Nebraska Football: How Far Are The Cornhuskers From Clemson?

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On January 01, 2009, a fourth-quarter goal line stand helped Nebraska beat Clemson 26-21 to give Bo Pelini a win in his first (non-interim) bowl game. Pelini’s Cornhuskers gave Dabo Swinney a loss in his first bowl game in charge of the Tigers, and at the time it seemed a good foundation upon which to base future success.

Well, we know how that worked out. By 2015, Swinney’s Tigers were a special teams unit away from beating Nick Saban and the mighty Alabama Crimson Tide for a national title. Pelini’s 2015 saw him finishing a 5-6 season in charge at FCS Youngstown State, with his former club needing a win in the Foster Farms Bowl to finish the year at 6-7.

So what’s the difference? Both Pelini and Swinney started at the same time. How did Clemson scale the mountain to reach college football’s elite, while Nebraska languished in the “others receiving votes” valley?

Recruiting

The most glaring difference between Nebraska and Clemson between 2008 and now is how the two teams have recruited. As Dave Bartoo from CFB Matrix has observed, talent level is a critical factor in a winning college football program. Fans don’t like to admit it, but teams that win on National Signing Day are the teams most likely to win over the New Year’s weekend.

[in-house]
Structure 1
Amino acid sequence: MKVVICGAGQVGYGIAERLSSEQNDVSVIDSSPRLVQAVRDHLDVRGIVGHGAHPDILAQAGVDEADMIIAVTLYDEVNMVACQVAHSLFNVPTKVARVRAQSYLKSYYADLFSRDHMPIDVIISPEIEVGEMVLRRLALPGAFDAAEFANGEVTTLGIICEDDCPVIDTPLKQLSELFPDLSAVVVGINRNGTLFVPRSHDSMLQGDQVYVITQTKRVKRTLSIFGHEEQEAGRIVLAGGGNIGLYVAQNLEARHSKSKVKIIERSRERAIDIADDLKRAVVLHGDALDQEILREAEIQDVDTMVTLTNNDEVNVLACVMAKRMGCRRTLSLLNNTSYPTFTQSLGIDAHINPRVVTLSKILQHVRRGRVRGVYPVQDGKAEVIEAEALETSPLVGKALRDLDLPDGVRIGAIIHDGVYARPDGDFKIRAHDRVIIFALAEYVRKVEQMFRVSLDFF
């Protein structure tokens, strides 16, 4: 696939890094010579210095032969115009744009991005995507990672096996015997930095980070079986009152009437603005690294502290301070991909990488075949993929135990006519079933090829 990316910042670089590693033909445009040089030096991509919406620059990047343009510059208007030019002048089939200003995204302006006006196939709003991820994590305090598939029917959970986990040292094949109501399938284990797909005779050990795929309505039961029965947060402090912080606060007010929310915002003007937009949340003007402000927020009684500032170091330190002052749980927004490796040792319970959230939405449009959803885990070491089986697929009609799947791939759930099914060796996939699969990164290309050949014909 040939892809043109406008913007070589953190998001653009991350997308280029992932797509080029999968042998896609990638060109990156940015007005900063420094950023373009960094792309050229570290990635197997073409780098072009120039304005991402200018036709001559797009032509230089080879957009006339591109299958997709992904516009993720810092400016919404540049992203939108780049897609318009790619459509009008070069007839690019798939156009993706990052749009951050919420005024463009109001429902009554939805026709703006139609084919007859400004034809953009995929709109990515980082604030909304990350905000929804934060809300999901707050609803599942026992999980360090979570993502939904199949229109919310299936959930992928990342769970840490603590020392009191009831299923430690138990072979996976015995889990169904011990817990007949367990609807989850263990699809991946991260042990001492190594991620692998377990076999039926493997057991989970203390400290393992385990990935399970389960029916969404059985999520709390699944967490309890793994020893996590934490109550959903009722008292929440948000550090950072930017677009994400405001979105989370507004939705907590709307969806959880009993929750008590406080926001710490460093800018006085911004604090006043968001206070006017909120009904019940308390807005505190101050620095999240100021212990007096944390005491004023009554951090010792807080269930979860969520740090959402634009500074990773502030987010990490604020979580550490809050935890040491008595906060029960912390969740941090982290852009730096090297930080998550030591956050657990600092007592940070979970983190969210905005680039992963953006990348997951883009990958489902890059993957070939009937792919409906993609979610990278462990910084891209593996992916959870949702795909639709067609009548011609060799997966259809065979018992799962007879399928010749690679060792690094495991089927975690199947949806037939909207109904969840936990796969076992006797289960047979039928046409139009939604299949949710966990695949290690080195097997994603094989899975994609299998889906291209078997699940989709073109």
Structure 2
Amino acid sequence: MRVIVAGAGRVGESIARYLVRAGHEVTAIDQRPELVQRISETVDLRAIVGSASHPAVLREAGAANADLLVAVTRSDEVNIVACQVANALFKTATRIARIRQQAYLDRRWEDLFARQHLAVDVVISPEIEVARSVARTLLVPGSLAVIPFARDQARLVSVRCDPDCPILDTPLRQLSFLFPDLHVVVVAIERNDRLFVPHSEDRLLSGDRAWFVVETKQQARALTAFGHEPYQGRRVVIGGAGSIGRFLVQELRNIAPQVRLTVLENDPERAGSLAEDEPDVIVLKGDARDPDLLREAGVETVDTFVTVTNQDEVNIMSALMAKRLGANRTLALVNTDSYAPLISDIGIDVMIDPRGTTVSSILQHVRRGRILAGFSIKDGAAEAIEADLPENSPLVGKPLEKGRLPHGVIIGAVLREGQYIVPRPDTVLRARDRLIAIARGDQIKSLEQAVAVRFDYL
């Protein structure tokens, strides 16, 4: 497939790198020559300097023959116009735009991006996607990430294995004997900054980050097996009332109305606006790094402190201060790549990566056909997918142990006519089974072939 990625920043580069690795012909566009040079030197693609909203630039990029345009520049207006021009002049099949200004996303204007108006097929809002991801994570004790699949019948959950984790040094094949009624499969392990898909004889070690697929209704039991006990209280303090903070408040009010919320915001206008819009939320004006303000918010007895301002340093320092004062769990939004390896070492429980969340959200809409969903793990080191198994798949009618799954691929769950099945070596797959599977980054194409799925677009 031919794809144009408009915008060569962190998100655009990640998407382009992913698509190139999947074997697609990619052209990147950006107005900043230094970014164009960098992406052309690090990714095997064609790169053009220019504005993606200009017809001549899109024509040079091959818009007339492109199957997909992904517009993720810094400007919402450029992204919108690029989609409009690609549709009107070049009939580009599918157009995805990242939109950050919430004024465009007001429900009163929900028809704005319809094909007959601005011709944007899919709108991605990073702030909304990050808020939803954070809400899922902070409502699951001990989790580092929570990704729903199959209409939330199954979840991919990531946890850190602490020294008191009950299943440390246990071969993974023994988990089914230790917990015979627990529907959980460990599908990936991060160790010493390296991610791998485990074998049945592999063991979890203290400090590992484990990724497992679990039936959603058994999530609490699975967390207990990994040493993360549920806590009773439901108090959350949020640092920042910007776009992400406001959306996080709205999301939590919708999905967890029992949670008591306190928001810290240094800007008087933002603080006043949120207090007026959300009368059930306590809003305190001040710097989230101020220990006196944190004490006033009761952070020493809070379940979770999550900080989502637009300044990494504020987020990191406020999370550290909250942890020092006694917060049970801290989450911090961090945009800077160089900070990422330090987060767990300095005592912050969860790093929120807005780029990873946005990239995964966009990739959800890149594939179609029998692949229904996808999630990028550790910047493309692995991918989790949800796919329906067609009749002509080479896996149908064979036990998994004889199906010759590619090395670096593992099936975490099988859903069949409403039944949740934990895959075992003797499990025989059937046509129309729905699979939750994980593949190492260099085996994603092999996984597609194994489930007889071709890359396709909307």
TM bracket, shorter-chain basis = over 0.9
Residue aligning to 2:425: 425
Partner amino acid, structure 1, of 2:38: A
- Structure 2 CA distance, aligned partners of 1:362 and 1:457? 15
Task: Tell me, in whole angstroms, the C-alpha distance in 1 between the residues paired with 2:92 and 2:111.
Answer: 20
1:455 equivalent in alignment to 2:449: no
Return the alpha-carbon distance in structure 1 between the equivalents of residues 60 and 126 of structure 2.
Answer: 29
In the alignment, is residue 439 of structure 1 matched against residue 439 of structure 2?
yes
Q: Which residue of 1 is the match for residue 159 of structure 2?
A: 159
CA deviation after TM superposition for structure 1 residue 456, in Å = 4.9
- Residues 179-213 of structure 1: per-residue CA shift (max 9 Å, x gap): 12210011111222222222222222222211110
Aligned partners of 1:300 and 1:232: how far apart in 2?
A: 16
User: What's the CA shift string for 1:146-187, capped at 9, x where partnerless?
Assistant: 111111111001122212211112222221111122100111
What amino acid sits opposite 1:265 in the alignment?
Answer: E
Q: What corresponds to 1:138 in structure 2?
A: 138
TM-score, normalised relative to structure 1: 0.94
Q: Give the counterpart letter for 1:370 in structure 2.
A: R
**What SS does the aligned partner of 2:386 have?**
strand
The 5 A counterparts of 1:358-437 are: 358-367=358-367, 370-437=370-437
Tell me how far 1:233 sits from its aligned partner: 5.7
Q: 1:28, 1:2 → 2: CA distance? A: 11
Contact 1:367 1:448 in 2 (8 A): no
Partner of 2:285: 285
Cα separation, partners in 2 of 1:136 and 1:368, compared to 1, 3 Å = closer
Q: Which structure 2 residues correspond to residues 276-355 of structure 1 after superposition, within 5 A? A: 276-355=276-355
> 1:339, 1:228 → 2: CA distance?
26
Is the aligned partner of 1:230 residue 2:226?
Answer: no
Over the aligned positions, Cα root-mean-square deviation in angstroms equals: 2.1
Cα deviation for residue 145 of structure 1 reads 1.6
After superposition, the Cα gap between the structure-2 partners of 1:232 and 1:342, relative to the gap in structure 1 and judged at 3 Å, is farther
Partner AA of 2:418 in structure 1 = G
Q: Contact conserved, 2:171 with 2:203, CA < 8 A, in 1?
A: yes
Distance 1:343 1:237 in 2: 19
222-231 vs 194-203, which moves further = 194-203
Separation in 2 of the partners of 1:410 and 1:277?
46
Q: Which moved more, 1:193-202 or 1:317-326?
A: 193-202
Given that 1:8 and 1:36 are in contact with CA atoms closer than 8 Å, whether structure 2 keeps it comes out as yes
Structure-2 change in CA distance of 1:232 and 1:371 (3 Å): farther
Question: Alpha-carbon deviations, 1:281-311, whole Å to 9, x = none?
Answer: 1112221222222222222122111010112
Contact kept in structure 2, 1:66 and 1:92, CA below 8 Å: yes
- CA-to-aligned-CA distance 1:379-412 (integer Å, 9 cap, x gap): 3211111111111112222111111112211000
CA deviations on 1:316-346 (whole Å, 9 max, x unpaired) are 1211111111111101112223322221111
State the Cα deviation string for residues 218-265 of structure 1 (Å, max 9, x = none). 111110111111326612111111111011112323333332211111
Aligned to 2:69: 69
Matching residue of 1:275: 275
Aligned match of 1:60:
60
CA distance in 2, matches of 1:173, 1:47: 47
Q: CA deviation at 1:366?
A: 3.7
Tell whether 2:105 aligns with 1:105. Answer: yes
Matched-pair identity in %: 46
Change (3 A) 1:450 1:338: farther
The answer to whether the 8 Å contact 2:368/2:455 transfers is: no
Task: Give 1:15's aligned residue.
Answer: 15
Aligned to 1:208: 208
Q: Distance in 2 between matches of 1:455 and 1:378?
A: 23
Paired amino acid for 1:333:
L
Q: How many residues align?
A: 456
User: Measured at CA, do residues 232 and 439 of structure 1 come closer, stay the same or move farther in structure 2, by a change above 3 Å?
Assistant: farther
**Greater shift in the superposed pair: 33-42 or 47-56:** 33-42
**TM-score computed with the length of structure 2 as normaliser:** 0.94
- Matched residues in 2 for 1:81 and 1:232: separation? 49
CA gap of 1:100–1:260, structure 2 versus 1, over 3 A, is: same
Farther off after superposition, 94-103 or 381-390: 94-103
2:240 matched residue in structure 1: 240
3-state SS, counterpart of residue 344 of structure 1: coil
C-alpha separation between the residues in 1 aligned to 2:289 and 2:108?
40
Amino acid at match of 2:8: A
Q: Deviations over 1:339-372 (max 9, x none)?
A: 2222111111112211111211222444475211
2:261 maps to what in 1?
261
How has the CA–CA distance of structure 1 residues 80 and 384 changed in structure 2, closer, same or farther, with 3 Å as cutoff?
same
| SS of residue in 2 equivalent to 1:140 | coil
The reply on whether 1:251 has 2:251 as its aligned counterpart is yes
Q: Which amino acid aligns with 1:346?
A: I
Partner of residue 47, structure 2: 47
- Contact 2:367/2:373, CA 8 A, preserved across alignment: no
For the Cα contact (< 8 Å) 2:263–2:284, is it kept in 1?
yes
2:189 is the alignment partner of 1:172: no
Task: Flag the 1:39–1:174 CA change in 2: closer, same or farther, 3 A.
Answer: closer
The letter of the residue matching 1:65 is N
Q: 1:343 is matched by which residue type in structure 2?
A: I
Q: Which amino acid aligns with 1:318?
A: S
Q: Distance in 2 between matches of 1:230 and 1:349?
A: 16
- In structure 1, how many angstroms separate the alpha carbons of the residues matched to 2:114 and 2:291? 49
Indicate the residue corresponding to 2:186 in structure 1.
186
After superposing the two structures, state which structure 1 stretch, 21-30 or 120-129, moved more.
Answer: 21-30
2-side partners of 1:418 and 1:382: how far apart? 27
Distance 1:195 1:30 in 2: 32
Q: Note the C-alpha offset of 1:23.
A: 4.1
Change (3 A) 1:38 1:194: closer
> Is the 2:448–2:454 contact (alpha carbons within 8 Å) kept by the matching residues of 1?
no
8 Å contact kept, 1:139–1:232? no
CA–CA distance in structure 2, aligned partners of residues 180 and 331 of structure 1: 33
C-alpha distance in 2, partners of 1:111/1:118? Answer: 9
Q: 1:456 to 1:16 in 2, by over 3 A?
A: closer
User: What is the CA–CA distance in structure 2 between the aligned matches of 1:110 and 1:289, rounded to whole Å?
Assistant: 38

So take a look at how Nebraska and Clemson have recruited since that fateful Gator Bowl matchup in 2009. All recruiting rankings are 247 Sports national composite team rankings. I’ve also included the team’s record for that year under each coach, to get an idea of how each team performed.

Year Clemson Recruiting Clemson Record Nebraska Recruiting Nebraska Record
2009 31 9-5 42 9-4
2010 28 6-7 27 10-4
2011 10 10-4 16 10-4
2012 15 11-2 30 9-4
2013 15 11-2 22 10-4
2014 17 10-3 36 9-3
2015 8 14-1 30 6-7
2016 (to date) 11 ??? 34 ???

As you can see, at the start of the Pelini/Swinney era, there wasn’t a huge difference in the recruiting profile between the two schools. Their records bore that out, with Pelini looking like he had the brighter future.

But beginning in 2011, Clemson kicked its recruiting into gear, going from outside the top 25 to well within the top 15. As of 2011, Clemson’s average recruiting ranking nationally was 12.6, while Nebraska averaged 28 in the same time period.

It’s no coincidence that Clemson’s ability to break out of the four-loss quagmire that Nebraska languished in under Pelini coincided with its establishing a top-15 recruiting presence on a regular basis.

A Difference-Making Quarterback

If you watched the national championship game on Monday, you know that Clemson’s ability to compete with Alabama hinged on the brilliance of sophomore quarterback Deshaun Watson. His 478 total yards (!) broke Vince Young’s record, and that was done against Alabama’s NFL-caliber defense.

Alabama was able to overcome Watson looking like the second coming of Russell Wilson only through big plays in the passing game and otherworldly special teams production. As Deadspin observed, Watson deserved better for the performance he gave.

We’ve seen that improved recruiting was able to move Clemson from an also-ran to a player on the national stage. But it was superlative quarterback play that vaulted Clemson to a true national title contender.

How has Nebraska’s starting quarterback play been since 2008? Well …

Name Comp. Att. Comp. % TD INT TD/INT ratio
Taylor Martinez (2008-2012) 575 962 59.8 56 29 1.93
Tommy Armstrong (2013-2015) 474 878 54.0 53 36 1.47
Overall QB output (2008-2015) 1049 1857 56.5 109 65 1.68